The embarrassment is over for York University now that Canada's 1995 professor of the year has been awarded a full-time job.
Although she was an award-winning teacher prior to this distinction from the prestigious Council for the Advancement and Support of Education, Diana Cooper-Clark had to reapply annually to teach her classes, just as she did when she began as a sessional lecturer at the Toronto university in 1970.
York administration blamed the university's austerity measures for her not being hired sooner. Vice president Ross Rudolph said the teacher, who has taught 149 courses over the years, only started applying for full-time jobs recently. "When she did apply for a position, it was her colleagues in the department, not the administration, who were deciding whether or not to hire her," said Mr Rudolph.
But Ms Cooper-Clark said she rarely applied for available full-time positions because she could almost always predict who would get the openly posted positions.
Richard Welland, head of the union that represents York's 550 contract teachers and 1,100 teaching assistants, said the longer a contract teacher works without a full-time position the more they get pegged by some with a reputation as being "damaged goods".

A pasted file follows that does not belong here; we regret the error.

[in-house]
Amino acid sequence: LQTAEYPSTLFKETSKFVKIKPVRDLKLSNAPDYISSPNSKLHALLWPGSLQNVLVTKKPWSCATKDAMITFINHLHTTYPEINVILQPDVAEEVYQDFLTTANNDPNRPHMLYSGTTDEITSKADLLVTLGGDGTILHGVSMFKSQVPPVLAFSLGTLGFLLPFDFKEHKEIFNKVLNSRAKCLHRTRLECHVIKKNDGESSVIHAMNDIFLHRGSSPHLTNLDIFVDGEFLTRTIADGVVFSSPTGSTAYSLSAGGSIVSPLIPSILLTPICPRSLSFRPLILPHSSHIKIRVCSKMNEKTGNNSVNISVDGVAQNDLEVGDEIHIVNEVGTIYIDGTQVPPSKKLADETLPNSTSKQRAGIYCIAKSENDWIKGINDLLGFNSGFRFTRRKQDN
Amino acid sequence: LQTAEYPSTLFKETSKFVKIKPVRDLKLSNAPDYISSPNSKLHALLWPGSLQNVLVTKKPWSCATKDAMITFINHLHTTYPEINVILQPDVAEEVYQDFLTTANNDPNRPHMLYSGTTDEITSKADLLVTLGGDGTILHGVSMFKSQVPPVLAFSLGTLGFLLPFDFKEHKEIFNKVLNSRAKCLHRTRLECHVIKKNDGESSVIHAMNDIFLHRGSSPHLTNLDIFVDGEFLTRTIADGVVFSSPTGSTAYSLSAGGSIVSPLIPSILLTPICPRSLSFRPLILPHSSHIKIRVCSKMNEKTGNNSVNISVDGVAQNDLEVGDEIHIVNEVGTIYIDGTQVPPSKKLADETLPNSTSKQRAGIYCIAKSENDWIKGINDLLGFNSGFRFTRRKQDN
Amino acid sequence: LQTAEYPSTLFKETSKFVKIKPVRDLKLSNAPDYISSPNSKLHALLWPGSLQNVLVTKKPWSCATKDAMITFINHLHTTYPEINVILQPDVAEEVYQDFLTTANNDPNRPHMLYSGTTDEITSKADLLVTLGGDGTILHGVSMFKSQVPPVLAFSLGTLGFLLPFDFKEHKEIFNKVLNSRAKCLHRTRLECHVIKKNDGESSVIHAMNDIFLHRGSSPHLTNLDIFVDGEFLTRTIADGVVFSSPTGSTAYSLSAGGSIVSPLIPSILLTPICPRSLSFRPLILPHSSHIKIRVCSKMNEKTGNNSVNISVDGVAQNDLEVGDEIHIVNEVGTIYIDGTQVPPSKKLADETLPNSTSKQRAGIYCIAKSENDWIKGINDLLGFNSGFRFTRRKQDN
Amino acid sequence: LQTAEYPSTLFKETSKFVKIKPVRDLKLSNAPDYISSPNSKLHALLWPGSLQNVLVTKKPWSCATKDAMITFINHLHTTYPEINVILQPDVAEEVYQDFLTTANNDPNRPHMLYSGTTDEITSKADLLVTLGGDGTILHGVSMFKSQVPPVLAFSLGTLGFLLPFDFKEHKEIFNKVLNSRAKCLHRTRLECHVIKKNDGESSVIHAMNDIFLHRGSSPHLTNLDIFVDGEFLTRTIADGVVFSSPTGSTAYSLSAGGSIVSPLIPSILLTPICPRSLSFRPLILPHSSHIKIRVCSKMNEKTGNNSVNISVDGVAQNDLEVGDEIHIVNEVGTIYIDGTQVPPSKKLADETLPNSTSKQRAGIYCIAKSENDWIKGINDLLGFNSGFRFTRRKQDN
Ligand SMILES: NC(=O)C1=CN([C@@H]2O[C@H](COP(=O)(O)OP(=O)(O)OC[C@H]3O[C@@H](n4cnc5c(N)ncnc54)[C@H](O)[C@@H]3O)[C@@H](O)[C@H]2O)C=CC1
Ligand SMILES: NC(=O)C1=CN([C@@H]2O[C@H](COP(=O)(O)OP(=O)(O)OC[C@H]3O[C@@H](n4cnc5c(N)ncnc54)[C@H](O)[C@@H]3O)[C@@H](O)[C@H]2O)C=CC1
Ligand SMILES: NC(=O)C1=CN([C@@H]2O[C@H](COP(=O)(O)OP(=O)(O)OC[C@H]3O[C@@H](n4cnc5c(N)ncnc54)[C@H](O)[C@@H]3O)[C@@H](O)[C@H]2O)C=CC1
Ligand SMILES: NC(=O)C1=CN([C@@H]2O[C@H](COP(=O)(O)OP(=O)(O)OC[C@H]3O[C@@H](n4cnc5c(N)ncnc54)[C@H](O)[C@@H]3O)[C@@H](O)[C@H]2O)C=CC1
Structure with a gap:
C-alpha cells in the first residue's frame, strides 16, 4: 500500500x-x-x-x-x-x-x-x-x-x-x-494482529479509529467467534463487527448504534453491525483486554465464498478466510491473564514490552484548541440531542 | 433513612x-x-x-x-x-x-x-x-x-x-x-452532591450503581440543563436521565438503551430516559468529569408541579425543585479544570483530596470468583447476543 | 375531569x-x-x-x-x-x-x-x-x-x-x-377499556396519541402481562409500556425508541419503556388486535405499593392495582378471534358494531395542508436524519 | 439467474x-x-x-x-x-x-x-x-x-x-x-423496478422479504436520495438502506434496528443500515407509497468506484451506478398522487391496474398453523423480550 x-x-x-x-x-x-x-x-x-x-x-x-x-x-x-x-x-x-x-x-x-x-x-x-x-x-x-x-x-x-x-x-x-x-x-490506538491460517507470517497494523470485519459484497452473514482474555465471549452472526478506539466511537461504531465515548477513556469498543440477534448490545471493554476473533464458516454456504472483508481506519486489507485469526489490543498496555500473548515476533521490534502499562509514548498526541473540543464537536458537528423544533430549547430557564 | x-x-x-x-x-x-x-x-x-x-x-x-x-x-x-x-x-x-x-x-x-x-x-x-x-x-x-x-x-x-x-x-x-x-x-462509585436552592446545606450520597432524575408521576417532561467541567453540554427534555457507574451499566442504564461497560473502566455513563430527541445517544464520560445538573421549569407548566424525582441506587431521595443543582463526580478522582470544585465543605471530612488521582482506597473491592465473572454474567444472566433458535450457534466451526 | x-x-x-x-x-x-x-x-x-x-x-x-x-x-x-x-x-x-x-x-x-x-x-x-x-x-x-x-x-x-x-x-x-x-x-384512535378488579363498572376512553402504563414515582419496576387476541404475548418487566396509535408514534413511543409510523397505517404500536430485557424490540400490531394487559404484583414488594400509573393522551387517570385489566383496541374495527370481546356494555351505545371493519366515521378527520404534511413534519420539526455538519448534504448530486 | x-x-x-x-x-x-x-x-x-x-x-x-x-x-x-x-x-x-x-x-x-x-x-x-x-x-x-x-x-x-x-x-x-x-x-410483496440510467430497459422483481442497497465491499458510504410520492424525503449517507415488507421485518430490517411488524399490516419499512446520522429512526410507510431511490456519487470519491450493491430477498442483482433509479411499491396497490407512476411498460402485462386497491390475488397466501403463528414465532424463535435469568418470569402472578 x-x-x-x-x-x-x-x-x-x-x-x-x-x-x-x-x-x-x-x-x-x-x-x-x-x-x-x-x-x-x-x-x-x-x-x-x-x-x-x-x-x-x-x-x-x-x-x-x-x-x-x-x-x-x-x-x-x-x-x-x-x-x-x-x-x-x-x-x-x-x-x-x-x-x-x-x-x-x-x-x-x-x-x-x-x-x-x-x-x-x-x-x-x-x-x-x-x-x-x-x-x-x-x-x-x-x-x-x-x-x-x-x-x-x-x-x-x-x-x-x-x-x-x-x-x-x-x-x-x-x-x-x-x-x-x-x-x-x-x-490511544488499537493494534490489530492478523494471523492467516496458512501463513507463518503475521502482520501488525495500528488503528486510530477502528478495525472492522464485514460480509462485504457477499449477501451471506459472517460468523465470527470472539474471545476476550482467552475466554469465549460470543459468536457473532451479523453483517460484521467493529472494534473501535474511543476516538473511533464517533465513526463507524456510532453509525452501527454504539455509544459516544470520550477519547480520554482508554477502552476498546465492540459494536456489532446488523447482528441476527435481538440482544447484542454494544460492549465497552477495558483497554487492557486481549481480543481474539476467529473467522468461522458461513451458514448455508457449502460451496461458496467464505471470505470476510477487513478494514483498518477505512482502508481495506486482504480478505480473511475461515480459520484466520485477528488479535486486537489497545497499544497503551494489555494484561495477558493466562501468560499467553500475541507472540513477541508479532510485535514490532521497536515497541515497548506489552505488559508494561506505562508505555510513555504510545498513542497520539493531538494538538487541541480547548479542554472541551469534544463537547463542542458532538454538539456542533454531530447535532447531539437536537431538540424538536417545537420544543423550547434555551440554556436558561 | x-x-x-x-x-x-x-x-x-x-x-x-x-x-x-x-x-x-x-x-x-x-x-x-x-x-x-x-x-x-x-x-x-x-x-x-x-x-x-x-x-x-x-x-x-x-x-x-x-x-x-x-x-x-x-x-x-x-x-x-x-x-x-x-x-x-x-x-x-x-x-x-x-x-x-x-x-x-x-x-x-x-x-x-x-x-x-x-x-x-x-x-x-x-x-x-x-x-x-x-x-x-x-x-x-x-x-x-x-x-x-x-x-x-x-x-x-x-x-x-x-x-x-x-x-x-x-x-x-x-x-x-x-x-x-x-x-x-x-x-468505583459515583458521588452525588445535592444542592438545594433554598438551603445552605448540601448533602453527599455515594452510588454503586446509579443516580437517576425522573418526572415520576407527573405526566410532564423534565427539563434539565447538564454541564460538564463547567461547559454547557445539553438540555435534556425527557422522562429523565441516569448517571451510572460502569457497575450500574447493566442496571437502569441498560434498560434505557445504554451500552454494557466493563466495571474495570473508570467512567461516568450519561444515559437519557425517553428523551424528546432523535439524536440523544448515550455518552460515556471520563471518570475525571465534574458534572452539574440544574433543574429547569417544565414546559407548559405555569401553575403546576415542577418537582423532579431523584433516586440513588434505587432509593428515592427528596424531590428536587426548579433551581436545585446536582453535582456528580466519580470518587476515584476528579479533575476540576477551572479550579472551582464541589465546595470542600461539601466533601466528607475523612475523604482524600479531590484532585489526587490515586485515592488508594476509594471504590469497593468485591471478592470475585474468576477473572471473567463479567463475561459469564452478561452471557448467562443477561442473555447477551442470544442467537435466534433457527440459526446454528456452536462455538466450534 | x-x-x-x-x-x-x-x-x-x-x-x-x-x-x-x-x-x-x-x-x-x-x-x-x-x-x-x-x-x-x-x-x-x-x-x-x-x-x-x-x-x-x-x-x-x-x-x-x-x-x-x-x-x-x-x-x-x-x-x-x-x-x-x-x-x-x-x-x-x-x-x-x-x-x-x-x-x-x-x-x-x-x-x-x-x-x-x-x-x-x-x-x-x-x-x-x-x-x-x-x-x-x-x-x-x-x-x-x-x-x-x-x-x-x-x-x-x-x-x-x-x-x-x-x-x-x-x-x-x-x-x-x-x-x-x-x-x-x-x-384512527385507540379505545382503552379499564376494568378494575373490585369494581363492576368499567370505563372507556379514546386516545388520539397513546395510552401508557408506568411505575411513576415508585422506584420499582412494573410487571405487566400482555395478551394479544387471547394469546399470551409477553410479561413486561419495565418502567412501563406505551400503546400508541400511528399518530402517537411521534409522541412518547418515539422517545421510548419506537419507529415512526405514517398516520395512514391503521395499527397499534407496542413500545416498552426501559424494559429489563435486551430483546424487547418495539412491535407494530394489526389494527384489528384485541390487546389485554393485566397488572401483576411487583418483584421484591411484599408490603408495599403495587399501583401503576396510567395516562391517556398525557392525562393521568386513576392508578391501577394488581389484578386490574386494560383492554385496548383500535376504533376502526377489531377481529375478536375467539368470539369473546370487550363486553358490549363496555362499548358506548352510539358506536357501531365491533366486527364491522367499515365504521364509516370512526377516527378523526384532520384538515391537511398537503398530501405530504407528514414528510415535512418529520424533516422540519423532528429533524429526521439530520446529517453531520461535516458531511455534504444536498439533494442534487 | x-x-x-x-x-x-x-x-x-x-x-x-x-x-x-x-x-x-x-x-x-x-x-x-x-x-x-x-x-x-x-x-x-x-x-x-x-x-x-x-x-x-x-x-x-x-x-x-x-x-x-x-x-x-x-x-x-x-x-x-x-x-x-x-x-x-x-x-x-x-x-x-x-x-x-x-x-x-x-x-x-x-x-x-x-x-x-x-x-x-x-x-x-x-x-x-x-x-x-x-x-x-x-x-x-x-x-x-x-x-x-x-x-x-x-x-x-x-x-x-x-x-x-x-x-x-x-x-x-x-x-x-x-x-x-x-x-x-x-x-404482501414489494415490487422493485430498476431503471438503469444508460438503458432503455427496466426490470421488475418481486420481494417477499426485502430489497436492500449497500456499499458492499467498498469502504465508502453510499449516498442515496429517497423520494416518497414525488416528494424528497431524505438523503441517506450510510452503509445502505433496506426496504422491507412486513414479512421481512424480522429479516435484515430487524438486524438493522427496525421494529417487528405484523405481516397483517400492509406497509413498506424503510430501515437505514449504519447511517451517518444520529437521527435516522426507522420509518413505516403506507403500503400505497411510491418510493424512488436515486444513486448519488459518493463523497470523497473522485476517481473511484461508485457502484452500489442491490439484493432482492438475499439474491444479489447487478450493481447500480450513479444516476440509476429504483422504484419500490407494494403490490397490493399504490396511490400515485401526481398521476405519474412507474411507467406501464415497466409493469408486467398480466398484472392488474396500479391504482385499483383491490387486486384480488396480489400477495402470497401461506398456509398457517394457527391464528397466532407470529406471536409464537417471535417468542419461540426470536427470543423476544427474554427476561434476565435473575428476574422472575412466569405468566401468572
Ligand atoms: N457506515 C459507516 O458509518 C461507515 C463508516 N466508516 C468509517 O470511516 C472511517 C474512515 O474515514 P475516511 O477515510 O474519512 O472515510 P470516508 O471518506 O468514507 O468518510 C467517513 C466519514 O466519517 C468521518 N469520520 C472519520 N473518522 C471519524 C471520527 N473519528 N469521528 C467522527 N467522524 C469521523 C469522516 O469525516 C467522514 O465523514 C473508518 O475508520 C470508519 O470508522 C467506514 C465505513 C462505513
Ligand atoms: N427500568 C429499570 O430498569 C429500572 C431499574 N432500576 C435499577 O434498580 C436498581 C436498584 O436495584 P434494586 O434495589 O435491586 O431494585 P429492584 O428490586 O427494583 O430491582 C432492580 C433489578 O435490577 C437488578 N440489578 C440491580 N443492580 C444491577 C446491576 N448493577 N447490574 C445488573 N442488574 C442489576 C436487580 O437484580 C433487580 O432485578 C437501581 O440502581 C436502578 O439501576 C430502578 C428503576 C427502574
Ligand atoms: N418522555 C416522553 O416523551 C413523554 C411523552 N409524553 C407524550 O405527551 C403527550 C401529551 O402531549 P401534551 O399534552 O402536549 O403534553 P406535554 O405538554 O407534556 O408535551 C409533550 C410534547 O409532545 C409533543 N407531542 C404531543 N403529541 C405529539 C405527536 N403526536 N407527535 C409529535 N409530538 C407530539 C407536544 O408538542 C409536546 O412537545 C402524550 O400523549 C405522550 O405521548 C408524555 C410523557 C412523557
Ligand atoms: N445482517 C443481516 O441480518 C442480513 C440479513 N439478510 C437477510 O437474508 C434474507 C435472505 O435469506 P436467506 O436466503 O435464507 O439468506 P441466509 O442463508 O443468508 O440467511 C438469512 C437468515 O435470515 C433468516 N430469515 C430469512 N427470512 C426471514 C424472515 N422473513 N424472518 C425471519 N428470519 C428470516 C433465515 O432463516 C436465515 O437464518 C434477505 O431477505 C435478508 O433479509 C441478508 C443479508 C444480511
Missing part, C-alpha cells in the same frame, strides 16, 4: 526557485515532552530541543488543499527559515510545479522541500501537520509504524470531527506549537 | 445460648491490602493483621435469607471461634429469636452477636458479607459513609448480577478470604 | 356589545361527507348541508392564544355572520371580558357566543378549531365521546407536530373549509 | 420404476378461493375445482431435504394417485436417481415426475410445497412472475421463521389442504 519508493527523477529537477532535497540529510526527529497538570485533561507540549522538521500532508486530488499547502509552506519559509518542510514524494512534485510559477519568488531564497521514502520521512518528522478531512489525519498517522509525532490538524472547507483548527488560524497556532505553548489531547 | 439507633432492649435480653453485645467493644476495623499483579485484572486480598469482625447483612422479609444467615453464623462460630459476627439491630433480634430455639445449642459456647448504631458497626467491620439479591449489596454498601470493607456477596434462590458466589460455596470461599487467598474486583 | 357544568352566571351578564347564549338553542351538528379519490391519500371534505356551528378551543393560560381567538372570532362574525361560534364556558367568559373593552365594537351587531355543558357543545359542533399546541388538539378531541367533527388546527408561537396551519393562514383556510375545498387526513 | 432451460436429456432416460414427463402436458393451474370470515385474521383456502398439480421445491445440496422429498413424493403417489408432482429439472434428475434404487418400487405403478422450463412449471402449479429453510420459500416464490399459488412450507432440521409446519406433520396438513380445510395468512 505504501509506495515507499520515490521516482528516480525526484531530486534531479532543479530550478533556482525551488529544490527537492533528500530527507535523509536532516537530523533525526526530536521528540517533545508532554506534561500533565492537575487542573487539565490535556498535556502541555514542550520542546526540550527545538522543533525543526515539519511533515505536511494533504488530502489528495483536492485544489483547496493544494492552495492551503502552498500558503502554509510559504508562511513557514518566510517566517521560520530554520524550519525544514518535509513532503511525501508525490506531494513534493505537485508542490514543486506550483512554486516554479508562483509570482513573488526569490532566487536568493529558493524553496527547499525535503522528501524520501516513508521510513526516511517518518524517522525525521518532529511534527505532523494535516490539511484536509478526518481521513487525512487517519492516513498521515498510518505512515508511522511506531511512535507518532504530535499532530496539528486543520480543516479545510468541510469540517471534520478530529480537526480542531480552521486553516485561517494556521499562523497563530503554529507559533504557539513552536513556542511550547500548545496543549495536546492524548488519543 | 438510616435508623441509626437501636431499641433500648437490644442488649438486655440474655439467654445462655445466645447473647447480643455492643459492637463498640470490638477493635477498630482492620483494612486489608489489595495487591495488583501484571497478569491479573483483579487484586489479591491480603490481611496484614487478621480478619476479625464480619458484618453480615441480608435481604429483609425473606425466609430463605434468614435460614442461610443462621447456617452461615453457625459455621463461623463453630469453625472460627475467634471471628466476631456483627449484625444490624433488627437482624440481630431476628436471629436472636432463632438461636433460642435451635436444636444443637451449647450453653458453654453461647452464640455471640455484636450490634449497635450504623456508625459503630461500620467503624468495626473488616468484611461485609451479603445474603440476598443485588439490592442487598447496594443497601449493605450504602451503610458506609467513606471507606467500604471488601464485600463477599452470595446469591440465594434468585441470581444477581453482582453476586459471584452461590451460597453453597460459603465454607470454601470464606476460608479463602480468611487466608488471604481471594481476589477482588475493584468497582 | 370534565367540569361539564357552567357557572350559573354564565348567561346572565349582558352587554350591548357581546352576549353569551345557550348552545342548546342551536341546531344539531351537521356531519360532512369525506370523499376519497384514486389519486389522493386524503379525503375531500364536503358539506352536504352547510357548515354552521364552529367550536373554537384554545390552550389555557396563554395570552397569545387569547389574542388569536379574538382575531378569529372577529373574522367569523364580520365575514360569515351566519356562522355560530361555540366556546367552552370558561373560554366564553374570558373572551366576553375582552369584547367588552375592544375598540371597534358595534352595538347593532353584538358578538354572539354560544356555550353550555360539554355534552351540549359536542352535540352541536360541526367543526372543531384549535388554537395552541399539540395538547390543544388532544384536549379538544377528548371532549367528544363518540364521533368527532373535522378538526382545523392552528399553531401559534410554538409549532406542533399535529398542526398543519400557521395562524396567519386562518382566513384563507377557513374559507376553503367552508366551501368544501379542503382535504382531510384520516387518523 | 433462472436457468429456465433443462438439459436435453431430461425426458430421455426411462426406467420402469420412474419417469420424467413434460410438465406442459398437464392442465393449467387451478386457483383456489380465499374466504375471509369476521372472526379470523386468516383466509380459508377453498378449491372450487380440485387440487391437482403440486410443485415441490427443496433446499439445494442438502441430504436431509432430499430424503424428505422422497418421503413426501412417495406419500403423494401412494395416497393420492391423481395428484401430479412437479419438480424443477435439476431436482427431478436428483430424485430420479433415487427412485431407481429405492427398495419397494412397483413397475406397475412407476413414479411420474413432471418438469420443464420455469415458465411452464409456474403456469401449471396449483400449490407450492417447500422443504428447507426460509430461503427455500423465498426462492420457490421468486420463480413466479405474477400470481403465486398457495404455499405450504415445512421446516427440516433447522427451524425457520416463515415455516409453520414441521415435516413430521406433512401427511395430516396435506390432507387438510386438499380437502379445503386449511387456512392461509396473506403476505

The union is one of the few university part-time faculty associations to have a category where long-standing part-timers are eligible for tenure positions. With four years or more of teaching at least three courses, contract faculty at York are given priority over other equally or less qualified candidates for full-time postings.
"This conversion gives jobs to a lost generation of scholars and teachers," said Mr Welland. The measure does not cost the university any more than it pays now hiring faculty from outside.
This measure had temporarily been a sticking point with the full-time union and led to a two-year grievance over the post Ms Cooper-Clark will fill this autumn.
The professor, who teaches in the humanities and English departments, said that her joy at being hired full-time was marred because she knew of all the good people left behind in the contract sector.
However, conditions may be getting better for part-timers according to United States academic David Leslie, who conducted an extensive study of the part-time university professor in North America. He says he has been hearing positive developments concerning the growing ranks of contract workers, since co-authoring a book on the subject in 1993.
"There has been a change in the tenor of people of good conscience who want to make better use of part-timers," said the Florida State professor and co-author, with Perdue University's Judith Gappa, of The Invisible Faculty: Improving the status of part-timers in higher education.